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Splurge or Save? Where to Invest at Home

Who doesn’t appreciate the finer things in life? But just because you can afford to buy the chandelier you’ve always dreamed of doesn’t mean you need to break the bank to light things up at home.

Before you redecorate in 2017, consider what interior designers Barry Dixon, Jennifer Jones, and Marcelle Guilbeau have to say about what items you should splurge on — and where you should save.


Whatever your budget, the sofas, love seats, and chairs you will use most often should definitely be splurges, says Virginia-based designer, Barry Dixon. “I’d rather have an expensive sofa with inexpensive fabric on it than vice versa. An inexpensive sofa will break down, and the expensive fabric will quickly wear because it’s not being supported,” he says. The designer recommends eight-way hand-tied springs, a hallmark of quality construction.

Not shopping big-box stores does have its rewards, says Jennifer Jones, principal designer of Niche Interiors in San Francisco. With higher-end brands, “custom upholstery offers more fabric and finish options so that you can design pieces down to the inch, ensuring they fit perfectly in your home.”

It’s OK, however, to save on upholstered furniture that won’t see too much use, the designers say.

Farrow & Ball The Fine Line


Since experts agree their biggest concern is off-gassing of volatile organic compounds (VOCs), which are harmful solvents released into the air as paint dries — aka that wet-paint smell — there’s no need to splurge, but expect to pay a little more — upward of $50 per gallon — for brands that tout their low-to-zero-VOC content.

Jones likes LEED-certified choices such as Benjamin-Moore’s low-VOC Aura and zero-VOC Natura lines), which run $70 per gallon and $57 per gallon, respectively. Dixon recommends Farrow & Ball as well as C2 Paint. He also has his own low-VOC collection of colors, called The Naturals, that cost $25 per gallon; they are inspired by hues the designer sees while on his Virginia farm (think: Pond Shimmer and Calf’s Snout).

Barry Dixon The Fine Line


Perhaps the most exciting to shop for — but the elements that vary the most regarding price points — are accents like mirrors and décor. But it’s important to think long and hard about acquiring decorative items that reflect your uniqueness rather than choosing something that’s mass produced. Flea markets seem to be the places to find real treasures that let your personality shine.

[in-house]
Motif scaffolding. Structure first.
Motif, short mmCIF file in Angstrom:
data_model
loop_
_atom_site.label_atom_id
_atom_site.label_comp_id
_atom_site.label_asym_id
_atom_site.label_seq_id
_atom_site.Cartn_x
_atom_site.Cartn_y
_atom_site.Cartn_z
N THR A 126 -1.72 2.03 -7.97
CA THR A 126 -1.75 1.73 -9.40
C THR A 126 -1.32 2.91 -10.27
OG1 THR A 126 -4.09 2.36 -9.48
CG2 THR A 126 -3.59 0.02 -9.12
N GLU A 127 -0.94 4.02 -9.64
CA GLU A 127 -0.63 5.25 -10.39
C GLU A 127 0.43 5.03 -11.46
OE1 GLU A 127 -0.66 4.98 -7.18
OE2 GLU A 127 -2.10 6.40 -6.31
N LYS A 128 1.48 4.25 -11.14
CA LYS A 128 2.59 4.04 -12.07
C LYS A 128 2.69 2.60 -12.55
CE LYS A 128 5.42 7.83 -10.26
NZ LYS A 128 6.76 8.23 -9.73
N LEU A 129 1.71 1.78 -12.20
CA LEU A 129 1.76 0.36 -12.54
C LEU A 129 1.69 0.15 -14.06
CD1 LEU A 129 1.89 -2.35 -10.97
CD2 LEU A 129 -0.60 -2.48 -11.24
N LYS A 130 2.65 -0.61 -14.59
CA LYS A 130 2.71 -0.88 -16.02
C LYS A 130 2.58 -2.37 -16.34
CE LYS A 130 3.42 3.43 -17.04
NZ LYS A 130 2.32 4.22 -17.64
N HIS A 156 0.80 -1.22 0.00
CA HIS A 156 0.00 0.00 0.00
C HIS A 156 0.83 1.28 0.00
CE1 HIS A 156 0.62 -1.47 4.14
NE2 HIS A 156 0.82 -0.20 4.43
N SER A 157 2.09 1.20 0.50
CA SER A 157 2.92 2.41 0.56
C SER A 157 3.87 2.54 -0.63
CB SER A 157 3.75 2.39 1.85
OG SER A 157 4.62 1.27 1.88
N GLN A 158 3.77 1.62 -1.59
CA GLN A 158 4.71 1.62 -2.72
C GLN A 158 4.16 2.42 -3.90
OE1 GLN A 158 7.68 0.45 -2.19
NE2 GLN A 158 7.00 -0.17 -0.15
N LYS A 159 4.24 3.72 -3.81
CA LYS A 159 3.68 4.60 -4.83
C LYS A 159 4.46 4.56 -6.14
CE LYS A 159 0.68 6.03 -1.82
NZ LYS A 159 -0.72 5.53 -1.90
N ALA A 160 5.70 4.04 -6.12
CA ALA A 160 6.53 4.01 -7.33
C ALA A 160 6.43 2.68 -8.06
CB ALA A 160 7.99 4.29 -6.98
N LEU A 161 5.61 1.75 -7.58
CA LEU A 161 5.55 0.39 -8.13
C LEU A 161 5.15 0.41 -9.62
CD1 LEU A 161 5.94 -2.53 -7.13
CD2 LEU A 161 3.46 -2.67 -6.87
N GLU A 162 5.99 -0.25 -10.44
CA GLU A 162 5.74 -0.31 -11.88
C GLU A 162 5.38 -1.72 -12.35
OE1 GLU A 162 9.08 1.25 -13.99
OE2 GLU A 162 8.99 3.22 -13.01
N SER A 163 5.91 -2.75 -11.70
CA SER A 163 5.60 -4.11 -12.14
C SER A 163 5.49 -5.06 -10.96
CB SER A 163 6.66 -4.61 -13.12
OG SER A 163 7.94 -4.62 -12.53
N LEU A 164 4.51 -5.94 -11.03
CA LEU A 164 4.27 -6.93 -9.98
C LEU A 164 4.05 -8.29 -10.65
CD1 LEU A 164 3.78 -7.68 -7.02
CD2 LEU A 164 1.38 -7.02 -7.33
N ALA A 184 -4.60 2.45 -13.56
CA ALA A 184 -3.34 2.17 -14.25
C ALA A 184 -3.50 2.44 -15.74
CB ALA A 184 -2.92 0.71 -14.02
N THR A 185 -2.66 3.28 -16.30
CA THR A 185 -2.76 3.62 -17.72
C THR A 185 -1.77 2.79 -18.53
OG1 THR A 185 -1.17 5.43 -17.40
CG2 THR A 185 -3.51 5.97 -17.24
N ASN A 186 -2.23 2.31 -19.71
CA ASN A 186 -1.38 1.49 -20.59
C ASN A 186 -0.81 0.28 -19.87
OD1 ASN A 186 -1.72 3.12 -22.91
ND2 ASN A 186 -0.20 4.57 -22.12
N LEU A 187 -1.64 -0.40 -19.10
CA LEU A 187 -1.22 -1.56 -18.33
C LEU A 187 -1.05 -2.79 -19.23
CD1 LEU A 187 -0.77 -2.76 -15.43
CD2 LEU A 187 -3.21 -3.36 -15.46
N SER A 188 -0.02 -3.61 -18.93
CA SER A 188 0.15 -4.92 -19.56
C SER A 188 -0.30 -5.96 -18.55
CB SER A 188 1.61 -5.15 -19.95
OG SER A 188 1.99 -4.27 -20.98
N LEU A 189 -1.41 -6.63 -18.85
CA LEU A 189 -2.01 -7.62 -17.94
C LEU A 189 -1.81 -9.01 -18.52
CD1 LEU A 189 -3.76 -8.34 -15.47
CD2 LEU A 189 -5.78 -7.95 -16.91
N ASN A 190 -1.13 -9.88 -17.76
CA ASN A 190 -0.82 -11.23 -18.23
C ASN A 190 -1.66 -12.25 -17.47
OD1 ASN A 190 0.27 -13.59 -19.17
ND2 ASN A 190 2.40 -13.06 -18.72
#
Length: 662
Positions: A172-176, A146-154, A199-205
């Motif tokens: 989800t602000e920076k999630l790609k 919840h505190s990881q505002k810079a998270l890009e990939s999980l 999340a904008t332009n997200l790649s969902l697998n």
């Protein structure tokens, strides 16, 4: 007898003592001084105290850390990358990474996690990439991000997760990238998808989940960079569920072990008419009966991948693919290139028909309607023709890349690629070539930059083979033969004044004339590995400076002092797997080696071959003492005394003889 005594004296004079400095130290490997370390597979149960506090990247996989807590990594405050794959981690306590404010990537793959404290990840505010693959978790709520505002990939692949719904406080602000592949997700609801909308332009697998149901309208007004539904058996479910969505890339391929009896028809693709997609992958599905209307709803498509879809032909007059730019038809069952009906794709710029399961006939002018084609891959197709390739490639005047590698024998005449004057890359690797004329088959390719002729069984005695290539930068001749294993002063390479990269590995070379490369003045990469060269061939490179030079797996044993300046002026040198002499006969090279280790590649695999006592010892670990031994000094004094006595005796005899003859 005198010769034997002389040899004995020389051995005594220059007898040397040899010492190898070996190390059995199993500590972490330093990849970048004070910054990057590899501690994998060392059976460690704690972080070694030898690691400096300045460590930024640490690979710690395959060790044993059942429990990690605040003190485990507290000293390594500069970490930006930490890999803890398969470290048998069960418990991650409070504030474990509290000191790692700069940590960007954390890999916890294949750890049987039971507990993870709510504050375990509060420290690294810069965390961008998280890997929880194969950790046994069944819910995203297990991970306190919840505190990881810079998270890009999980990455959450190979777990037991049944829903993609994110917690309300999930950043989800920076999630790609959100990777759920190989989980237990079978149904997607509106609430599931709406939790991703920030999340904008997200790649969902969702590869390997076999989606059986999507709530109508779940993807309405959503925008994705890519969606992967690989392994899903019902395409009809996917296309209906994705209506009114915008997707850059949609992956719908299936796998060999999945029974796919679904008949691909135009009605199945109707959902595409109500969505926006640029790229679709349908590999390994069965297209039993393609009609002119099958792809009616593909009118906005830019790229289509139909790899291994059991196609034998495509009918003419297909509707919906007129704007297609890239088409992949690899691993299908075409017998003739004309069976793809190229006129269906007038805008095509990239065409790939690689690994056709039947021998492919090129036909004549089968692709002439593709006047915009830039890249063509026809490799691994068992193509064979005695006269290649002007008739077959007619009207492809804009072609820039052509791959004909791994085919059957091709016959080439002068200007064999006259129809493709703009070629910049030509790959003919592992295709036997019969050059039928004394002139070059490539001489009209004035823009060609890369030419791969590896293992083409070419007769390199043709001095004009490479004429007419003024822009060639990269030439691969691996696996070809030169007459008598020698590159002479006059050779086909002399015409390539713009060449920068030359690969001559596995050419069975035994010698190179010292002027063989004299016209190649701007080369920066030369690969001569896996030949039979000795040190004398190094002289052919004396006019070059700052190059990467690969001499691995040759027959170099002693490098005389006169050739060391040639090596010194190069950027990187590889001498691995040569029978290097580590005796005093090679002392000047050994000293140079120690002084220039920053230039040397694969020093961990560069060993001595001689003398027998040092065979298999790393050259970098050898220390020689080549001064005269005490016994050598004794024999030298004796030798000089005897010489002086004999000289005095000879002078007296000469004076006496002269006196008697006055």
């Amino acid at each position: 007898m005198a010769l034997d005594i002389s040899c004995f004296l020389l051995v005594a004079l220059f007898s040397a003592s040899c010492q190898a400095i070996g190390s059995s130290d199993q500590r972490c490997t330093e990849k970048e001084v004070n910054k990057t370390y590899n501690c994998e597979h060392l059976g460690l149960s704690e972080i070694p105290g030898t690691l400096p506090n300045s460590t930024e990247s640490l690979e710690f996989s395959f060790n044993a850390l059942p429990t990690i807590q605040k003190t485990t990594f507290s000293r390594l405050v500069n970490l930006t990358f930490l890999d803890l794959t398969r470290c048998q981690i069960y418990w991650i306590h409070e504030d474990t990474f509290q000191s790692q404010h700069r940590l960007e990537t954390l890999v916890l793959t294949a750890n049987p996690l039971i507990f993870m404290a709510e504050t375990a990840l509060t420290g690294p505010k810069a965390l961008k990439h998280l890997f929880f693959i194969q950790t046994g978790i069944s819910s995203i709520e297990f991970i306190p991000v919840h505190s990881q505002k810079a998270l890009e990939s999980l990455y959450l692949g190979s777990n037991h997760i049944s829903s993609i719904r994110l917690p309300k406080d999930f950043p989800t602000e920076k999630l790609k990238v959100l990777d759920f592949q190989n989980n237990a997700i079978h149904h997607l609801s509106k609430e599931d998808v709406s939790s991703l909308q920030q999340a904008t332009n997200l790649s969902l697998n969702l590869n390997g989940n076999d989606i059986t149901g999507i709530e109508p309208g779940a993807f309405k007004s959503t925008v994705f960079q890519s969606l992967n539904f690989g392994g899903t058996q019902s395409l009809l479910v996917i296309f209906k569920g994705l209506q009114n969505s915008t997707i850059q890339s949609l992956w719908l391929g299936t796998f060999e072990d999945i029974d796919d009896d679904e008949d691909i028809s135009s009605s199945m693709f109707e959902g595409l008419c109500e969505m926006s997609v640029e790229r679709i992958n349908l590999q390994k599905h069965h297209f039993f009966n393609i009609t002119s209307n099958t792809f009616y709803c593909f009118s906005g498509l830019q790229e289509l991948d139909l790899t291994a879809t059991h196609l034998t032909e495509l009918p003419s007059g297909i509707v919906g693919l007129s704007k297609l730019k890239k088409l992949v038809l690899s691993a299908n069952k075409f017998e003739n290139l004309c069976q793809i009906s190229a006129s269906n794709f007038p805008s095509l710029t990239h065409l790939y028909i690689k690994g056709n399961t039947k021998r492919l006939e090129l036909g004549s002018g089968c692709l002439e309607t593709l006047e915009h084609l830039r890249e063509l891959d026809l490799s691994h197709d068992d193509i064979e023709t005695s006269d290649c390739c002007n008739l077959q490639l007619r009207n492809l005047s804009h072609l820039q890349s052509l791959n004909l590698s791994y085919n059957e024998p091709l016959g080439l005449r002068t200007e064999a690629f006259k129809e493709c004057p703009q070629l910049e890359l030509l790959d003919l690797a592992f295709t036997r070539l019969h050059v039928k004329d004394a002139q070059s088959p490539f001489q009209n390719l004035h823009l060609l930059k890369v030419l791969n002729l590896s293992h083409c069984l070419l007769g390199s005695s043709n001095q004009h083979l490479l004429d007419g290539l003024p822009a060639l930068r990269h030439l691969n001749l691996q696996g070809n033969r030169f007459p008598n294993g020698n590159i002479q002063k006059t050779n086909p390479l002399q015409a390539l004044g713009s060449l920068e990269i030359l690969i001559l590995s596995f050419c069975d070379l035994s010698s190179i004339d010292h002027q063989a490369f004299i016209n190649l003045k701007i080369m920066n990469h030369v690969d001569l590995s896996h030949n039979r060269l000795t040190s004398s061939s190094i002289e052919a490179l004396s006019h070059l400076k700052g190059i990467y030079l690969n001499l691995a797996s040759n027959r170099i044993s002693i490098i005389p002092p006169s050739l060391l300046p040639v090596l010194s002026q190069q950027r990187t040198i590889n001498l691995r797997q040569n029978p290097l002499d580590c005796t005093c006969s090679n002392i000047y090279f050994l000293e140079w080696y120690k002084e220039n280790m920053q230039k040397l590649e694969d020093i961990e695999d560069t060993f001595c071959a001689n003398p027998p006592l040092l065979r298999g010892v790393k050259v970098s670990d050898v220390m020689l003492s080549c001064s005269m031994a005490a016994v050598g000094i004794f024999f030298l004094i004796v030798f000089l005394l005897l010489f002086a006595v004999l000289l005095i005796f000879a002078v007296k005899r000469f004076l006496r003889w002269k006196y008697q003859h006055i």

Dixon thinks every home should show off an antique or at least vintage mirror, he says. “But if you can’t afford an antique, then find a nice reproduction from the 1940s or 1950s at a flea market.”

Perhaps most indicative of your own taste and style is the inclusion of original artwork in your home. “Real art makes a home sing,” says the Tennessee-based Guilbeau, “and no one else in the world will have the piece you have.” She suggests looking for special pieces in consignment shops and galleries — and now and then Guilbeau confers with a professional art consultant to help grow and curate a client’s collection.

Niche Interiors The Fine Line


Sure, the bed gets most of the attention when creating a comfortable respite. But the mattress, says Dixon, is really where you should splurge. He recommends investing in a Sealy Posturepedic (upward of $600) or Beautyrest (upward of $800) mattress (“It’s what they use at the Hotel St. Regis,” he says). But before the sumptuous sheets go on, Dixon layers a Scandia Home down comforter atop the mattress itself, and then covers it with yet another down-filled mattress topper. “It’s like sleeping on a cloud,” Dixon says, “and you’ll be sandwiched in luxury.”

As for sheets? Aim for 400-thread-count Egyptian cotton — sateen finish in winter, percale for summer, Dixon says.

Marcelle Dining Room The Fine Line


Formal dining tables can really put a dent in your wallet, but if you have the space you need one — and a quality one at that — say our experts. A clever way to grab quality pieces is to shop estate sales or an online marketplace like 1stDibs, says Dixon.

But before taking the plunge, Dixon suggests doing some reconnaissance: Know your lines and recognize top-quality brand names, he says. Brands such as John Widdicomb, Lane Furniture, and Thayer Coggin are only a few of many good names to remember. “Flip the table and look under that chair,” Dixon says. “If you can get a Baker chair for $75, you can re-cover it in a nice Belgian linen and it’s still less expensive than buying from a retailer.”

Guilbeau and Dixon both love consignment shops, too. English & Company is a local Guilbeau favorite her clients check out regularly. “I’d rather buy a name-brand table at a consignment shop or estate sale than an off-brand one from a catalog or large showroom that there are 14 of in every town, Dixon says. “Who wants those? There’s nothing special there!”